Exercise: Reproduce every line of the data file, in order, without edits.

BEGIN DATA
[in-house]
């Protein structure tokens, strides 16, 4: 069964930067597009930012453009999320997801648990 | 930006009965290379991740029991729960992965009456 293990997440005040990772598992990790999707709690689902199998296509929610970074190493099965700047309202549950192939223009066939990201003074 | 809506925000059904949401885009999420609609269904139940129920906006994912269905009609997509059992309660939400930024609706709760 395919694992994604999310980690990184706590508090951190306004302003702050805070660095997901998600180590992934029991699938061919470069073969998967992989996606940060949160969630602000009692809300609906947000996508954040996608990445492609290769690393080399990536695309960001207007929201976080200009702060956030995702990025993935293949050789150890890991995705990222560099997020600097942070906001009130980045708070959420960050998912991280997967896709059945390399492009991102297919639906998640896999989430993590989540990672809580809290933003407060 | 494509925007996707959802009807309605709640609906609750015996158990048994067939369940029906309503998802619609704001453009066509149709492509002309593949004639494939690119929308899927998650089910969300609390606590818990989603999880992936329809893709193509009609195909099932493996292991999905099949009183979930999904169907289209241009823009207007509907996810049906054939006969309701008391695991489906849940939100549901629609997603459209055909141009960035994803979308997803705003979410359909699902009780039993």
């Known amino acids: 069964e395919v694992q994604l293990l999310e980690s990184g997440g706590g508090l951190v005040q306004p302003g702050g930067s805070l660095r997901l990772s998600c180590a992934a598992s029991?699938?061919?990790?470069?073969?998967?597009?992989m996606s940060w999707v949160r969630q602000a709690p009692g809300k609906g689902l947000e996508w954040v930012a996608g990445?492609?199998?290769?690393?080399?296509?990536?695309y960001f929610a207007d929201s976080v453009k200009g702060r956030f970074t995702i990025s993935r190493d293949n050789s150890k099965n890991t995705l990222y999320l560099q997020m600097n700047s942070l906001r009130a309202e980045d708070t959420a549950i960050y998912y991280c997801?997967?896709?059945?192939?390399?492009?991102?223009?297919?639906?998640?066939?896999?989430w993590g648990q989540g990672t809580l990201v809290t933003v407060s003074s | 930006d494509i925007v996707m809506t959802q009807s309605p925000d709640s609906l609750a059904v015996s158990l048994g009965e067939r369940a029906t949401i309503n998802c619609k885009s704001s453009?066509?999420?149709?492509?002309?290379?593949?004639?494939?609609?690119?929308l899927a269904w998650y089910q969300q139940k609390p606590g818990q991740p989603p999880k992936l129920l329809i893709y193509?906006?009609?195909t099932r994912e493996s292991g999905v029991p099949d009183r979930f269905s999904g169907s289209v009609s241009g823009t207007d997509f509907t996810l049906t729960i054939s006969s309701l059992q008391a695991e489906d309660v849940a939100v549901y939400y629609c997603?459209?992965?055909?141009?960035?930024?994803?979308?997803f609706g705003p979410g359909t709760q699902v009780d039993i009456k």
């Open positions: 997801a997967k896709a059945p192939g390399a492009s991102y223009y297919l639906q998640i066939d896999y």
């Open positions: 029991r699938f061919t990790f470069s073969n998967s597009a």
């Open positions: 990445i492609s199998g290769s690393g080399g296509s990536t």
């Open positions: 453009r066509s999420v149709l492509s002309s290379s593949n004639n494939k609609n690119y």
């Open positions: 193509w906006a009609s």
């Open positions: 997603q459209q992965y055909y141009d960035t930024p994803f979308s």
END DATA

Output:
[in-house]
């Protein structure tokens, strides 16, 4: 069964930067597009930012453009999320997801648990 | 930006009965290379991740029991729960992965009456 293990997440005040990772598992990790999707709690689902199998296509929610970074190493099965700047309202549950192939223009066939990201003074 | 809506925000059904949401885009999420609609269904139940129920906006994912269905009609997509059992309660939400930024609706709760 395919694992994604999310980690990184706590508090951190306004302003702050805070660095997901998600180590992934029991699938061919470069073969998967992989996606940060949160969630602000009692809300609906947000996508954040996608990445492609290769690393080399990536695309960001207007929201976080200009702060956030995702990025993935293949050789150890890991995705990222560099997020600097942070906001009130980045708070959420960050998912991280997967896709059945390399492009991102297919639906998640896999989430993590989540990672809580809290933003407060 | 494509925007996707959802009807309605709640609906609750015996158990048994067939369940029906309503998802619609704001453009066509149709492509002309593949004639494939690119929308899927998650089910969300609390606590818990989603999880992936329809893709193509009609195909099932493996292991999905099949009183979930999904169907289209241009823009207007509907996810049906054939006969309701008391695991489906849940939100549901629609997603459209055909141009960035994803979308997803705003979410359909699902009780039993």
């Known amino acids: 069964e395919v694992q994604l293990l999310e980690s990184g997440g706590g508090l951190v005040q306004p302003g702050g930067s805070l660095r997901l990772s998600c180590a992934a598992s029991?699938?061919?990790?470069?073969?998967?597009?992989m996606s940060w999707v949160r969630q602000a709690p009692g809300k609906g689902l947000e996508w954040v930012a996608g990445?492609?199998?290769?690393?080399?296509?990536?695309y960001f929610a207007d929201s976080v453009k200009g702060r956030f970074t995702i990025s993935r190493d293949n050789s150890k099965n890991t995705l990222y999320l560099q997020m600097n700047s942070l906001r009130a309202e980045d708070t959420a549950i960050y998912y991280c997801?997967?896709?059945?192939?390399?492009?991102?223009?297919?639906?998640?066939?896999?989430w993590g648990q989540g990672t809580l990201v809290t933003v407060s003074s | 930006d494509i925007v996707m809506t959802q009807s309605p925000d709640s609906l609750a059904v015996s158990l048994g009965e067939r369940a029906t949401i309503n998802c619609k885009s704001s453009?066509?999420?149709?492509?002309?290379?593949?004639?494939?609609?690119?929308l899927a269904w998650y089910q969300q139940k609390p606590g818990q991740p989603p999880k992936l129920l329809i893709y193509?906006?009609?195909t099932r994912e493996s292991g999905v029991p099949d009183r979930f269905s999904g169907s289209v009609s241009g823009t207007d997509f509907t996810l049906t729960i054939s006969s309701l059992q008391a695991e489906d309660v849940a939100v549901y939400y629609c997603?459209?992965?055909?141009?960035?930024?994803?979308?997803f609706g705003p979410g359909t709760q699902v009780d039993i009456k």
């Open positions: 997801a997967k896709a059945p192939g390399a492009s991102y223009y297919l639906q998640i066939d896999y």
């Open positions: 029991r699938f061919t990790f470069s073969n998967s597009a």
């Open positions: 990445i492609s199998g290769s690393g080399g296509s990536t």
């Open positions: 453009r066509s999420v149709l492509s002309s290379s593949n004639n494939k609609n690119y």
């Open positions: 193509w906006a009609s």
């Open positions: 997603q459209q992965y055909y141009d960035t930024p994803f979308s």